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SUSTAINABLE HOSPITAL ARCHITECTURE


Air flow across the condenser


Still Sunlight


Glass cover


Secondary reflector


Collector Figure 7. Ice by solar absorption


sulfur oxides. There should be separate networks for aqueduct and fire safety systems.


l Suitable materials for surfaces – walls, ceilings, floors and furniture: These should be non-flammable, non- combustible and non-toxic. The products used in the hospital must not emit volatile organic compounds (CVO), or toxic vapours on combustion. The materials must be durable, resistant, offer a good cost- benefit ratio and lower maintenance cost. They should have ecological certification and be reusable, recyclable and biodegradable upon disposal. The use of polystyrene, in particular, should be avoided. In addition, some materials are not considered viable because they contain toxic chemicals, such as aerosols or pesticides, while some products with artificial aroma can present issues.


l Control in use of equipment: A particularly important example is high energy consumption medical equipment. This may be connected all day but may have a high index of under-utilisation. This needs to be addressed. The use of polluting equipment should be avoided, such as dry polishing of granite elements, as these generate particles in suspension.


l Review ‘medical protocols’ focused on energy saving: Some of these energy saving medical protocols can include: •Fast hospital bed rotations and promotion of day care surgery. •Ensuring only ‘indispensable’ diagnostic tests are performed.


•Reserving the use of elevators for stretchers, the elderly and the disabled, going to the first floor in hospitals.


l Adequate management of solid waste: A strict classification of waste should be implemented comprising: general, recyclable, radioactive,


IFHE DIGEST 2020 Figure 8. Solar distillation of water


contaminated – including dangerous and infectious waste (incinerable or not incinerable). Use different types of storage for uncontaminated and contaminated waste, carrying out the appropriate treatment to the latter (ie. incineration, chemical deactivation or return). Use different colour coding, according to international standards. Design two different routes in hospitals: a) for the exit of contaminated waste; b) the entry of sterile material.


l Adequate handling of liquid waste or dumping: Return the water in an ‘acceptable’ way to the natural bodies of water. There should be separate networks for biologically contaminated waters. These must pass through ‘deactivation units’ for physical- chemical disinfection. Kitchen water must go through grease traps and filters. Soap water and rainwater (separate pipes) must pass by simple solar filters, in order to be reused.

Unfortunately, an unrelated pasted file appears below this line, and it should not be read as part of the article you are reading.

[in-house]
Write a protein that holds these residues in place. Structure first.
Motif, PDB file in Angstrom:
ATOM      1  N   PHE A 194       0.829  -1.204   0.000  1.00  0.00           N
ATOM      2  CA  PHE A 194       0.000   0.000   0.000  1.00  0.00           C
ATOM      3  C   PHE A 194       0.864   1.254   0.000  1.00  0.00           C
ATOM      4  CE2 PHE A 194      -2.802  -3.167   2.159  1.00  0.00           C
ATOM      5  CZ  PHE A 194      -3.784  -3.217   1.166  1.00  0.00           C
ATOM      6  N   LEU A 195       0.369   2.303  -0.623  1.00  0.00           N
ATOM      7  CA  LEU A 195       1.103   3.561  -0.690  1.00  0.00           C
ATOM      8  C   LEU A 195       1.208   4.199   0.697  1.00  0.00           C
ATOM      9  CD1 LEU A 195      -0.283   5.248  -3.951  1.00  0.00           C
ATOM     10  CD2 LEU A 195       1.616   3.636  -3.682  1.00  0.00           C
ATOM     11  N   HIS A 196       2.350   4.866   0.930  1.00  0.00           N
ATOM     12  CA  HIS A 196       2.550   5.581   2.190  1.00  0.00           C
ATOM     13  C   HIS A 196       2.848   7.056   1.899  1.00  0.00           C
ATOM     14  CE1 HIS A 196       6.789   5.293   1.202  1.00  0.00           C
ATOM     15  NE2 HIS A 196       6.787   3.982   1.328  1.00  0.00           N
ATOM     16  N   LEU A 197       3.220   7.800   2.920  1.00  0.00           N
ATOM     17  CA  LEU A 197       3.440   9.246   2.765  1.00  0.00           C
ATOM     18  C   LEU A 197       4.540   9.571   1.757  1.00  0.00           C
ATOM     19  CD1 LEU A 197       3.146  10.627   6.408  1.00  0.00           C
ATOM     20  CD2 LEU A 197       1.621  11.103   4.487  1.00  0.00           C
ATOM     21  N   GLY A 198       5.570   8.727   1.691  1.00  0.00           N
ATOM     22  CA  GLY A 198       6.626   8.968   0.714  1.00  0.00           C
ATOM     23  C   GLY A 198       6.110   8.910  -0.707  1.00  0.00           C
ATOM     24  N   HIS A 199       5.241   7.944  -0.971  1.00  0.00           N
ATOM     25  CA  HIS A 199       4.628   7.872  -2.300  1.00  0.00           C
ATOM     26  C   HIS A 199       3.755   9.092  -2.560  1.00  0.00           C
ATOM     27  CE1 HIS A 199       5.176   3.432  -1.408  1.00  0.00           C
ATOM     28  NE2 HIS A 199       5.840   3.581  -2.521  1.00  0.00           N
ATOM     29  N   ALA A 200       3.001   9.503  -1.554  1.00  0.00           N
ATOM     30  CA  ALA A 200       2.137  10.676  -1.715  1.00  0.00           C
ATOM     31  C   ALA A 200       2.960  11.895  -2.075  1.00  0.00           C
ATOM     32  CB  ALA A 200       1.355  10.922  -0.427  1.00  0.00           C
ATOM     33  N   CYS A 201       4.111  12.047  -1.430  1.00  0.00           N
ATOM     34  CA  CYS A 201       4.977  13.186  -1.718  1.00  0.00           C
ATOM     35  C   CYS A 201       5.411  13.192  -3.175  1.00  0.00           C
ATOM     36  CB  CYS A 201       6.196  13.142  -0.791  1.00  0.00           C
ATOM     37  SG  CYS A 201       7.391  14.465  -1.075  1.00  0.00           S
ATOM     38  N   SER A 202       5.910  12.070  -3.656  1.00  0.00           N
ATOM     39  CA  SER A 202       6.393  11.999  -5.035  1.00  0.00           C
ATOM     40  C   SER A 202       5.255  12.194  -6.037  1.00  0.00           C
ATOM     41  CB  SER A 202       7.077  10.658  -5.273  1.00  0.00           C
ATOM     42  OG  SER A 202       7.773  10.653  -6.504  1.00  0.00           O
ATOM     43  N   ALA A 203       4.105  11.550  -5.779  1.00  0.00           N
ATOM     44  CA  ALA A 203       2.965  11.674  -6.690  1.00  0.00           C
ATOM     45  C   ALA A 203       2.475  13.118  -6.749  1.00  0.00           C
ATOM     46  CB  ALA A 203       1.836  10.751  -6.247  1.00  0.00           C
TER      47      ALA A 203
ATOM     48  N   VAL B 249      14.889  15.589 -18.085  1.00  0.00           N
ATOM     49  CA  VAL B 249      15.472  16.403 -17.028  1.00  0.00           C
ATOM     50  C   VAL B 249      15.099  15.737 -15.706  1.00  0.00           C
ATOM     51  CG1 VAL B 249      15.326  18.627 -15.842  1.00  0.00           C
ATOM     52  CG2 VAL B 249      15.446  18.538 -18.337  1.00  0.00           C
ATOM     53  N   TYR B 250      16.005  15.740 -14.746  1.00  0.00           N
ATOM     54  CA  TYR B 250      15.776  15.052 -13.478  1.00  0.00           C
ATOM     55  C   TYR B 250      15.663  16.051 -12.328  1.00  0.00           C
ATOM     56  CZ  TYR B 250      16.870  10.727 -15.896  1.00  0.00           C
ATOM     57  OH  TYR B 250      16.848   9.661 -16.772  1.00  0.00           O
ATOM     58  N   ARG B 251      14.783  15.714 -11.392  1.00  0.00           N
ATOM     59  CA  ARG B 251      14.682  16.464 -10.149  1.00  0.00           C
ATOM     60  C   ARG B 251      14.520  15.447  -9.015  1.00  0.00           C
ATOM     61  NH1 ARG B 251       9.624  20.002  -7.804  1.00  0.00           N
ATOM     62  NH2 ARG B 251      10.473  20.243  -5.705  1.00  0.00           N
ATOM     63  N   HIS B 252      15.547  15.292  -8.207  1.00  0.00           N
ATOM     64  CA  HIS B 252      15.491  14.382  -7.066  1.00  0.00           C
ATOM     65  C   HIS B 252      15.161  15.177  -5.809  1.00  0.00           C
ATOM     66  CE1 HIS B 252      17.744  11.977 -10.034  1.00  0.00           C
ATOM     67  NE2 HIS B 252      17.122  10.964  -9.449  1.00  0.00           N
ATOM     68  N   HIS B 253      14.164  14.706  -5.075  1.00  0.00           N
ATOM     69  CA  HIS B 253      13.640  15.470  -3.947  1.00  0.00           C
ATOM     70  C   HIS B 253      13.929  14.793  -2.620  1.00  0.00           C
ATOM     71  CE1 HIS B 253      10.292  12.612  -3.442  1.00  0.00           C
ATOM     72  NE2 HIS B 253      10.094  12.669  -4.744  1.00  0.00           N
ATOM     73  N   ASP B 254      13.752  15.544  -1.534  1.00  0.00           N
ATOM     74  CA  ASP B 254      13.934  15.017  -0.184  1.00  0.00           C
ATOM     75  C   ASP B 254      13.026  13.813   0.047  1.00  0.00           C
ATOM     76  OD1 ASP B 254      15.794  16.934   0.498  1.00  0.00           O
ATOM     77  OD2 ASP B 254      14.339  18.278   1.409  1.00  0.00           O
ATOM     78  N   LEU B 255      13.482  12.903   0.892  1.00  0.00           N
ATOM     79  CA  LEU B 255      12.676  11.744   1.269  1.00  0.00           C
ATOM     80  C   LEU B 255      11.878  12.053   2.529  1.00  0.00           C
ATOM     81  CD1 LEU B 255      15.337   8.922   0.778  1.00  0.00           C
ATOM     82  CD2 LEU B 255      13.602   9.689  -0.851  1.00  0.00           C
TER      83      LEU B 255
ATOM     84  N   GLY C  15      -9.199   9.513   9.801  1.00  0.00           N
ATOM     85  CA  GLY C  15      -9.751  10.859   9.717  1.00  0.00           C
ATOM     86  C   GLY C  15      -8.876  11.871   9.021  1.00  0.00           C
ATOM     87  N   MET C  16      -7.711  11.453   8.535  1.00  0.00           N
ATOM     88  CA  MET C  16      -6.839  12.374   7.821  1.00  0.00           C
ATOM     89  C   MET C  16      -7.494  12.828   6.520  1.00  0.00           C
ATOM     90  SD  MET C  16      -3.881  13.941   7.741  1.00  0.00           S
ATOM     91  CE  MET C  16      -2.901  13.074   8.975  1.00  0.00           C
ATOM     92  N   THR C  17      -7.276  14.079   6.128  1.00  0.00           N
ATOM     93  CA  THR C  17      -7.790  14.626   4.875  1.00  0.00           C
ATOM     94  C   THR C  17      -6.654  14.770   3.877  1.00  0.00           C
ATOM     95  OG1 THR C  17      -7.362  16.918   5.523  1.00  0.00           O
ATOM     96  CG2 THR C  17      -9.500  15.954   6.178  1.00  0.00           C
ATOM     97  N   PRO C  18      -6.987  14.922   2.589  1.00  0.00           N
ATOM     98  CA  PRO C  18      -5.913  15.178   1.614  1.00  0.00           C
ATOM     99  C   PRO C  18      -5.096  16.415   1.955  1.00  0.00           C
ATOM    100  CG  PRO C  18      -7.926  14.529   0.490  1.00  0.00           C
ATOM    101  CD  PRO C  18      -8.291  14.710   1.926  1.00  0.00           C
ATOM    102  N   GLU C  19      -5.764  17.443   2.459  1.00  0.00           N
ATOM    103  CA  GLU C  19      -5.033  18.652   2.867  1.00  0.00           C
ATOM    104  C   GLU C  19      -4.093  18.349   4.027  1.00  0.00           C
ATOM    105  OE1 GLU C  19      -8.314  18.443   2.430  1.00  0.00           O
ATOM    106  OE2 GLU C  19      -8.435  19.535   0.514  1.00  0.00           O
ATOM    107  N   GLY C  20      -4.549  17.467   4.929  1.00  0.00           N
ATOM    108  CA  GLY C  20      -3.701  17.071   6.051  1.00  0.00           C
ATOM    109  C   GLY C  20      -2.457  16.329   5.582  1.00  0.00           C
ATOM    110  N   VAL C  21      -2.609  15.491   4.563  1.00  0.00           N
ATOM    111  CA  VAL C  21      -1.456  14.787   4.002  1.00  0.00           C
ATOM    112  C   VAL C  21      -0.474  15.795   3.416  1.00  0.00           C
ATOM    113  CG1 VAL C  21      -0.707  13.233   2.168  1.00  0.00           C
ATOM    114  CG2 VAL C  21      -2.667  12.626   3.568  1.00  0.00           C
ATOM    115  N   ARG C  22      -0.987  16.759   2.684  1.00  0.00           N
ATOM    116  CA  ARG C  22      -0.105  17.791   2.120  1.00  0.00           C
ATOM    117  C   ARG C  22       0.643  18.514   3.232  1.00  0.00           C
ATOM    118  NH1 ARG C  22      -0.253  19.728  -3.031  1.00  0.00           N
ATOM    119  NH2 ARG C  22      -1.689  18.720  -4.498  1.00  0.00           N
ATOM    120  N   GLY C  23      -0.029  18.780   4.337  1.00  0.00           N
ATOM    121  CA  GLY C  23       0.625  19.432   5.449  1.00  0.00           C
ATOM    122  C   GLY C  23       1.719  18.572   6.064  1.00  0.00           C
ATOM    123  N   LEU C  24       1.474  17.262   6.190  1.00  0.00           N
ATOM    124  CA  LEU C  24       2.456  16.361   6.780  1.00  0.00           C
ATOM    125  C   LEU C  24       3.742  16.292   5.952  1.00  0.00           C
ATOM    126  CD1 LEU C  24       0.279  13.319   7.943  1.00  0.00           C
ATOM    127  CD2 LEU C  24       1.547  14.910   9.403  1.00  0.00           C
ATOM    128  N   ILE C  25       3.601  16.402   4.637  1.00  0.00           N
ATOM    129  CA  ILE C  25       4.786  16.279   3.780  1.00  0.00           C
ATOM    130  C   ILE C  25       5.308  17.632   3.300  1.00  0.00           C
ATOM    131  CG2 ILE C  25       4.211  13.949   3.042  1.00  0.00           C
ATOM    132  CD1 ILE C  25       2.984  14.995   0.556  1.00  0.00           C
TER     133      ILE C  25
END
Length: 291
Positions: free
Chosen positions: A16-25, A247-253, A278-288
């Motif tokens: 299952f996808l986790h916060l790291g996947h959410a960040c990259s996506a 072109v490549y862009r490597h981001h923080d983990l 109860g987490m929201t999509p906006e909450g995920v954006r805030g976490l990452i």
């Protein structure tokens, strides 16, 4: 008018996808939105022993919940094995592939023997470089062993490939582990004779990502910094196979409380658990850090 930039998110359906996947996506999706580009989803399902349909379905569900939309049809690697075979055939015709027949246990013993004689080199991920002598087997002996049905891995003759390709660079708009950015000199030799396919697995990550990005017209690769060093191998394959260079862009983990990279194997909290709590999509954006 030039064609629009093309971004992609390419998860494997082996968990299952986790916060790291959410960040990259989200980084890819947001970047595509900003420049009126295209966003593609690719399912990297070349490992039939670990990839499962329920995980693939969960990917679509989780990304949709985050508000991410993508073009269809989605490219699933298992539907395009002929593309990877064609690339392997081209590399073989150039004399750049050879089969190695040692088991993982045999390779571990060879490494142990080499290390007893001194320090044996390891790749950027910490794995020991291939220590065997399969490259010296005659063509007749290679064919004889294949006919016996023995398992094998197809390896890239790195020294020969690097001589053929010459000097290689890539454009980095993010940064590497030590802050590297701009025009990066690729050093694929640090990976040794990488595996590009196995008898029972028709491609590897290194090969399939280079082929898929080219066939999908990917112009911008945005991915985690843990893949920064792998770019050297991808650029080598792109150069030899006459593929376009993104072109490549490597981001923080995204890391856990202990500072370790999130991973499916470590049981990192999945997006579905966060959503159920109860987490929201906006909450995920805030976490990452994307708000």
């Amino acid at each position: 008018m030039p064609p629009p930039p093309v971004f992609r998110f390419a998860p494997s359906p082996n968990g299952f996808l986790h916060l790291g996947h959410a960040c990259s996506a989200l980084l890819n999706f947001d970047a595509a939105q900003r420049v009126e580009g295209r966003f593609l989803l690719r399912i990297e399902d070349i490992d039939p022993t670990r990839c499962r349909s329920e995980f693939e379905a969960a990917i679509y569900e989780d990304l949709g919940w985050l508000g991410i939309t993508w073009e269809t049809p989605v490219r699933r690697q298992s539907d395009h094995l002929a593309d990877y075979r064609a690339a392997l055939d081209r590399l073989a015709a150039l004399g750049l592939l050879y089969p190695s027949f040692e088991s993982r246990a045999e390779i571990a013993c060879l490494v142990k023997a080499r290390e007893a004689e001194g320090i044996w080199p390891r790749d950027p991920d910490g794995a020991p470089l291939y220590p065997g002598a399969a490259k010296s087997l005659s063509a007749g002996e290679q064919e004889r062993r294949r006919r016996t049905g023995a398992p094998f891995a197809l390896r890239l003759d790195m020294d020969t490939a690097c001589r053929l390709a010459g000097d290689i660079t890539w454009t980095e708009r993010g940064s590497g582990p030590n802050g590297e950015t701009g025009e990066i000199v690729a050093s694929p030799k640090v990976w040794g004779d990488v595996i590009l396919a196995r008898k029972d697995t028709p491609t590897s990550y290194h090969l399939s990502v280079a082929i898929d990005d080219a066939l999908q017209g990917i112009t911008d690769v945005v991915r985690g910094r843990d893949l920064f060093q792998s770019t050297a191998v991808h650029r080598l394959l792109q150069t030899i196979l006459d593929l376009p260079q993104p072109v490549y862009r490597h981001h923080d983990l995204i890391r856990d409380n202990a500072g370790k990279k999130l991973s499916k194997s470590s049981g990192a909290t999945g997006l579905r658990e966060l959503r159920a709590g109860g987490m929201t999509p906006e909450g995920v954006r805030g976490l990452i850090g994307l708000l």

l Appropriate radio-protection study: Protect staff and the public from ionising radiation, or external electromagnetic wave equipment. Lead or equivalent materials should be used according to the standard for radiology. Copper, aluminum or steel should be used in a ‘Faraday cage’ (radiofrequency RF) shield, with high electrical conductivity, for electro- medicine rooms (Magnetic Resonance).


l Ensuring laboratories in hospitals are safe and minimise environmental risks: Sampling should be performed, by conducting chemical and microbiological analysis of water (potable, residual, etc.). It is also important to monitor industrial effluents and to take radioactive samples in radiology.


l Other lesser recommendations: a) disposing of medicines in cloth bags; b) reducing plastic use by opting for reusable glass containers;


c) using water-reducing accessories; d) photocells should be placed in sanitary devices.


Ultimately, we need to change our lifestyles and reduce our impact on the environment. We are using the resources of future generations and must be aware that we cannot return them. There is an urgent need to apply clean technologies and it is vital that we raise awareness about the preservation of natural resources, on a daily basis.


IFHE


References and image sources 1 Garrido L. (2009), Artificial natures; Analysis of Sustainable Architecture Projects.


2 Contraloria General de Colombia, Resolución Orgánica, No.05289 de 2003 Anexo No.7 Página 25 a 50


3 Lugari P. (2009), A New Renaissance in the Tropics, Las Gaviotas Centre, Gallery. http://www.centrolasgaviotas.org/Inicio.html, https://www.virtualpro.co/eventos/gaviotas


4 Ortega E. (1992), Health Center in Bogotá, Social Security Institute, Design and photo prepared by myself.


5 Behling S, Behling S. (2002), The Evolution of Sustainable Architecture.


6. Energía Solar, (2019), Solar Panel, Photovoltaic facade. https://solar-energia.net/ energia-solar-fotovoltaica/panel-fotovoltaico


7. Inarquia, (2019), Advantages and disadvantages of biomass boilers. https://inarquia.es/ventajas-e- inconcenientes-de-las-calderas-de-biomasa


8 ICE, Electricity Company, (2013), Biodigester Tank, Electricity Production with Bio-Gas.


9 Wikipedia, (2019). http://upload.wikimedia.org/ wikipedia/commons/e/e6/Geyser_exploding _4_large.jpg


10 EDF Solar, (2019), Nano-antennas to improve Solar Energy, SPIE Journal of Nanophotonics (JNP).


11 Wikipedia, (2019). http://en.wikipedia.org/ wiki/Energ%c3%ada_mareomotriz


12. Bonus Courses, (2015), Manufacture of solar ice, Radiant energy distillation, Thermal Solar Energy Course.


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